Even though many of the Fandango! committee members had never heard of Bridgepoint (it is expanding and redeveloping the 144-year-old Riverdale Hospital), those approached by the redoubtable Catherine were unable to say no. Unbeknownst to many of them, since returning from France, Catherine has turned her formidable volunteer skills into a paying job as the major gifts officer at Bridgepoint. People in the foundation business say that Catherine’s

salary may be in the $65,000 to $85,000 range (it is certainly below $100,000, since her name does not appear on the published lists of government employees who make $100,000 and up) and may come with perks such as a clothing and/or travel allowance.

Despite all they have been through, she and David still talk a good game. Catherine has been heard to drop a reference to her friends Conrad Black and Barbara Amiel sending a plane for her to spend the weekend with them. After I contacted Catherine to ask for an interview—she never returned my call—she made a phone call to Lady Black beseeching her to try to halt the story.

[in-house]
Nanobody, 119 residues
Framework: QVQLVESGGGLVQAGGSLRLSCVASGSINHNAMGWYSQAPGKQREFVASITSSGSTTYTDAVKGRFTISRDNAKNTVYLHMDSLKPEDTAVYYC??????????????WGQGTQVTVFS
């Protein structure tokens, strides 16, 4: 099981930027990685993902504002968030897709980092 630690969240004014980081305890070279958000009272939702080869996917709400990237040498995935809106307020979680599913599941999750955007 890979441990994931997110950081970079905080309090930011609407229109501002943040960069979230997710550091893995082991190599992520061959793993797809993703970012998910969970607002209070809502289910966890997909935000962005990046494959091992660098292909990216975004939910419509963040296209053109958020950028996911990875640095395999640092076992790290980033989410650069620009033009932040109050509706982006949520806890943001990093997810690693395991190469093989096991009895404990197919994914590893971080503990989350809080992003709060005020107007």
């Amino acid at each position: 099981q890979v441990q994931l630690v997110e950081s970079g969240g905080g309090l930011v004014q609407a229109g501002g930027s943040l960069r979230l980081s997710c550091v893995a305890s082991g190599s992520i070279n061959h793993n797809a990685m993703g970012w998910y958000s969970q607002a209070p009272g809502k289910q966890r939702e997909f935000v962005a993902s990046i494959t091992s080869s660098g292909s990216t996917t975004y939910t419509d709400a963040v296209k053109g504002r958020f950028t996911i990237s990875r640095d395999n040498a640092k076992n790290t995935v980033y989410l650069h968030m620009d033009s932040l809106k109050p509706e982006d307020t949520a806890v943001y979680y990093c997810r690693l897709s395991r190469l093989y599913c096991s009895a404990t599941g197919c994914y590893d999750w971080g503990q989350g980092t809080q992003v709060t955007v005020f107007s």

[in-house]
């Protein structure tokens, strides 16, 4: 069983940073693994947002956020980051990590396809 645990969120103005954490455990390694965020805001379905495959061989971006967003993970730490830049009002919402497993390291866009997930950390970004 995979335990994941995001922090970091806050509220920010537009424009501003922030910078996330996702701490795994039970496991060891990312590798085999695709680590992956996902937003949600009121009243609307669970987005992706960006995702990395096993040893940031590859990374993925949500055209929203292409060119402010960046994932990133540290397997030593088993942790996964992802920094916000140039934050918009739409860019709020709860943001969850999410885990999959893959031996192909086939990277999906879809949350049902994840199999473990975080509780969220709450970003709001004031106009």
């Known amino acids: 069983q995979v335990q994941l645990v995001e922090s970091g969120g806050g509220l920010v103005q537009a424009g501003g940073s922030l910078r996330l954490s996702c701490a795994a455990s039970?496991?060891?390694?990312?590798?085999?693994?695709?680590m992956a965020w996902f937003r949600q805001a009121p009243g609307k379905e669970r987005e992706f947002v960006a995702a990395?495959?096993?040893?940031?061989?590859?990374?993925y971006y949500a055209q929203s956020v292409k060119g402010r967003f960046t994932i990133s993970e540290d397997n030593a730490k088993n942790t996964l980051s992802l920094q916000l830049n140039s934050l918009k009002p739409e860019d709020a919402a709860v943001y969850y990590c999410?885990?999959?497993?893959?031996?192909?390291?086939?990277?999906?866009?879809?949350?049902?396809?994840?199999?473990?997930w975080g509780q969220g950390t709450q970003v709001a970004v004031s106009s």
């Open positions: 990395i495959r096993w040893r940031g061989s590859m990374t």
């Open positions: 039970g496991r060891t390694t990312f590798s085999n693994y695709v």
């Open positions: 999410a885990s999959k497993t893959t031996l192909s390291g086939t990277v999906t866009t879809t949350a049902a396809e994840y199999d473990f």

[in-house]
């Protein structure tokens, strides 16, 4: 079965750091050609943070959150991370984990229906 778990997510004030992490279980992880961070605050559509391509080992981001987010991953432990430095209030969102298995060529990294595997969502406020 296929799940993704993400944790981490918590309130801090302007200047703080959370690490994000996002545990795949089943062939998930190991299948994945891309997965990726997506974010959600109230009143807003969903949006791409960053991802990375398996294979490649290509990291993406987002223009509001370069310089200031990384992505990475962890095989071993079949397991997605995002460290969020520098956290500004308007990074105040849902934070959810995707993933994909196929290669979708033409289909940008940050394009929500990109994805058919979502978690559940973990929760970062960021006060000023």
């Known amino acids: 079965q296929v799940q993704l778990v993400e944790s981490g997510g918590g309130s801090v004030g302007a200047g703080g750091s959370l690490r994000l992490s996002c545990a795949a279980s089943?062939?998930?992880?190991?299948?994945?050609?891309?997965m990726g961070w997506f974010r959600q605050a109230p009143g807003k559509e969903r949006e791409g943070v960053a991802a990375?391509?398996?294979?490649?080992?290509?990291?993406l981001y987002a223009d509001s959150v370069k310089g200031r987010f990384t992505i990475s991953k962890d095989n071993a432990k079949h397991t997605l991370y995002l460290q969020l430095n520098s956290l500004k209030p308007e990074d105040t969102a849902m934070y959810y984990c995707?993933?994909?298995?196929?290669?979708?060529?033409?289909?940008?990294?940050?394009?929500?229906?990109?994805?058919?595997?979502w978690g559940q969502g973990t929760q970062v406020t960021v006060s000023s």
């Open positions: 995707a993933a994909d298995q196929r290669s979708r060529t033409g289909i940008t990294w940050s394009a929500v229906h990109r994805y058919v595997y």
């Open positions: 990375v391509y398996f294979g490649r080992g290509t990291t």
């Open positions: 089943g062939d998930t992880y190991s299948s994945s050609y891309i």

Indeed, one of the most bizarre aspects of writing this article has been the extraordinary lengths people have gone to close ranks around Catherine. One woman who shall remain nameless began shrieking over the phone before I got two words out. Jeanne Beker asked me how I could sleep at night when I interviewed her for this story. Liz Tory, whose son John, the provincial Conservative leader, is a former executive at Rogers, which owns Maclean’s, called the magazine’s office twice to ask that the story be killed.

To be successful in high society these days, one needs both money—the more the better—and gall. Catherine Nugent certainly has the latter. She continues to wow her loyal coterie and wide circle of fans and admirers with her majestic presence, her gracious gestures, her commanding entrances and her impressive tales. She provokes her detractors for many of the same reasons. Rumours continue to swirl around this most fascinating of socialites. Whatever people make of Catherine, one thing is certain: in a realm where most people are fairly predictable, she keeps people guessing, and Toronto’s upper crust society is more interesting because of her. 171

Ottawa writer Rosemary Sexton, a former Toronto social columnist, is the author of The Glitter Girls and Confessions of a Society Columnist